In an interview with the Financial Times last week, Elon Musk revealed that figures in the Chinese government have asked him directly to withhold Starlink access within China. Musk told FT that, in the publication’s summary, “Beijing has made clear its disapproval of his recent rollout of Starlink...in Ukraine” and “sought assurances he would not sell Starlink in China.”
It’s unclear from the description whether Musk agreed to Beijing’s request, but Starlink’s service map shows no plans to deploy in China. Adjacent countries like Taiwan, Mongolia and Vietnam are listed as “pending regulatory approval.”
Starlink’s service map shows no plans to deploy in China
Offering a connection to the internet that sidesteps conventional service providers, Starlink has been a popular idea for circumventing network-based censorship around the world. Most recently, Starlink enabled access in Iran in response to widespread protests and accompanying censorship. Internet censorship in China, however, is far more organized and persistent — and any ongoing attempt to evade it through Starlink would likely incur retaliation from the central government.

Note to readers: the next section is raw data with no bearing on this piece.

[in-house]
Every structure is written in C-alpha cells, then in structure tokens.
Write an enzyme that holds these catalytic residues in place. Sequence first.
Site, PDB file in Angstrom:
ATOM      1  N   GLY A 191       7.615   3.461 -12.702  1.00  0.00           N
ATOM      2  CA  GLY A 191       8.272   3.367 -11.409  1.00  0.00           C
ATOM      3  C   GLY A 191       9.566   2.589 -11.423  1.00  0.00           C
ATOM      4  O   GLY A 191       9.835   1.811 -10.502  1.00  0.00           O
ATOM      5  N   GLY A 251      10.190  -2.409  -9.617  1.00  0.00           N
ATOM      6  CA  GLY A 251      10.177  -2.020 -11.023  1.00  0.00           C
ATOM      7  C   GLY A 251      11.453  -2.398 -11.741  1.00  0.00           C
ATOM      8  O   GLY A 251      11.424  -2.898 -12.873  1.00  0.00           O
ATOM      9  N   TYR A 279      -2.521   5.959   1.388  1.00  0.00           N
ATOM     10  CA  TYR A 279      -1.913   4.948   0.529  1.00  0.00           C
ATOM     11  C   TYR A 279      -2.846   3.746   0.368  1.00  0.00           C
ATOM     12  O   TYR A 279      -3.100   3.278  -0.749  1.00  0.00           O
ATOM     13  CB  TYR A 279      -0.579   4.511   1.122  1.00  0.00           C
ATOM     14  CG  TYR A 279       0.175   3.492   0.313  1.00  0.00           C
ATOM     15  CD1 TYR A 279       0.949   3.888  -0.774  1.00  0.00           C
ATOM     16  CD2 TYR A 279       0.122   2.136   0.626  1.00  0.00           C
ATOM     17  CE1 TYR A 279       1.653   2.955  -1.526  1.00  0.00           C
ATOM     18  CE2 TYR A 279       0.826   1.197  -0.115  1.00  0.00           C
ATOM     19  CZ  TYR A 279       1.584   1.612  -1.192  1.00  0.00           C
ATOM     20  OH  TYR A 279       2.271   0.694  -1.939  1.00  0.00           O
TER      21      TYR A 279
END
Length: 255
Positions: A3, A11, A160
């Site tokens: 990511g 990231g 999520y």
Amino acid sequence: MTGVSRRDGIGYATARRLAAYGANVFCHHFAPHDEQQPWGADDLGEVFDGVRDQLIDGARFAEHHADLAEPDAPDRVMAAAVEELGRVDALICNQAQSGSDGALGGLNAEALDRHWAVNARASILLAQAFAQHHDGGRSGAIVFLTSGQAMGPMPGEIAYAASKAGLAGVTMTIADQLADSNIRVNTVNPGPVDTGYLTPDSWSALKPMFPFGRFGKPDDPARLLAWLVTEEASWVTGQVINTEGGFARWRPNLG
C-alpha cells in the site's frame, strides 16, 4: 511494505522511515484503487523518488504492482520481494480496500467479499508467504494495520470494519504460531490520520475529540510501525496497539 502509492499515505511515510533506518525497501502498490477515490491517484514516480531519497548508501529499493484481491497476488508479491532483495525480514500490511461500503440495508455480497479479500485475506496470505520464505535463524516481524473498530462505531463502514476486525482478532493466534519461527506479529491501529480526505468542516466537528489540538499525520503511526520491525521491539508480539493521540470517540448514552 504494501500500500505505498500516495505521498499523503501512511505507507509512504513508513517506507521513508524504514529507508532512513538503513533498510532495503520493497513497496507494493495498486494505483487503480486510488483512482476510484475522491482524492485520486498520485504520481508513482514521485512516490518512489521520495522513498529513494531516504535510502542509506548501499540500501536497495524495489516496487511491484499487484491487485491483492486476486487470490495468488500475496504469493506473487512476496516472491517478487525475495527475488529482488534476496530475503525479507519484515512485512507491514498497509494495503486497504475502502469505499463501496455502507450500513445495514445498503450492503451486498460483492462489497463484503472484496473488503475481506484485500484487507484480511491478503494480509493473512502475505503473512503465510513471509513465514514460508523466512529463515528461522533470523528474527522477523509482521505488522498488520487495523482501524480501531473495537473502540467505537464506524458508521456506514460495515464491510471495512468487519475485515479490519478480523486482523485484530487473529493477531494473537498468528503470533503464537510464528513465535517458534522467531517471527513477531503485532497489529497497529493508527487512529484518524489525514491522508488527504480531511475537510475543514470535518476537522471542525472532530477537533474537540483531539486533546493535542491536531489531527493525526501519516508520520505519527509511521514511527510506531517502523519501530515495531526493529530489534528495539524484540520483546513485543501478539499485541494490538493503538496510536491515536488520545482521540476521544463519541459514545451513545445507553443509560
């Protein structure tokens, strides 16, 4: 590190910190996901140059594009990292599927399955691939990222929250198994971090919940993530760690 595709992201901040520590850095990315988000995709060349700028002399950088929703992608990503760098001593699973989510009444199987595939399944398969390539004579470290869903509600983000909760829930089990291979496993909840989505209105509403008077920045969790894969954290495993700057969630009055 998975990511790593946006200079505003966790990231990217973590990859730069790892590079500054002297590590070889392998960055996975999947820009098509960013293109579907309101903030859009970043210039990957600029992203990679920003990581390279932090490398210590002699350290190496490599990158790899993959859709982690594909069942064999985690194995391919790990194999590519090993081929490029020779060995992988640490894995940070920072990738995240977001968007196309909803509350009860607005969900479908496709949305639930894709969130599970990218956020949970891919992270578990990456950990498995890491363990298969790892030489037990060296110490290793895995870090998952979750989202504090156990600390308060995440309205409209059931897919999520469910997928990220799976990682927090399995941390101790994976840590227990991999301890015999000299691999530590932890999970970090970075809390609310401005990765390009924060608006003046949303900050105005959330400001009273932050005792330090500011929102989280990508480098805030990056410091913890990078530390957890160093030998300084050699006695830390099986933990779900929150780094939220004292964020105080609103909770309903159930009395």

The anecdote is a reminder of how exposed Musk is to international pressures, even as he champions free speech principles in his public statements. As FT points out, Tesla maintains a factory in Shanghai, and the company has reportedly sold more than 80,000 cars in China. Musk has remained broadly aligned with Chinese government as a result, even authoring a column for a magazine run by the country’s internet censorship agency.
At the same time, Musk is more likely than ever to take ownership of Twitter. After months of confusing gamesmanship, Musk recommitted last week to purchasing the social network at his originally agreed price, telling a judge in his civil case with the company that he believes the deal will close before October 28. Twitter remains officially blocked in China.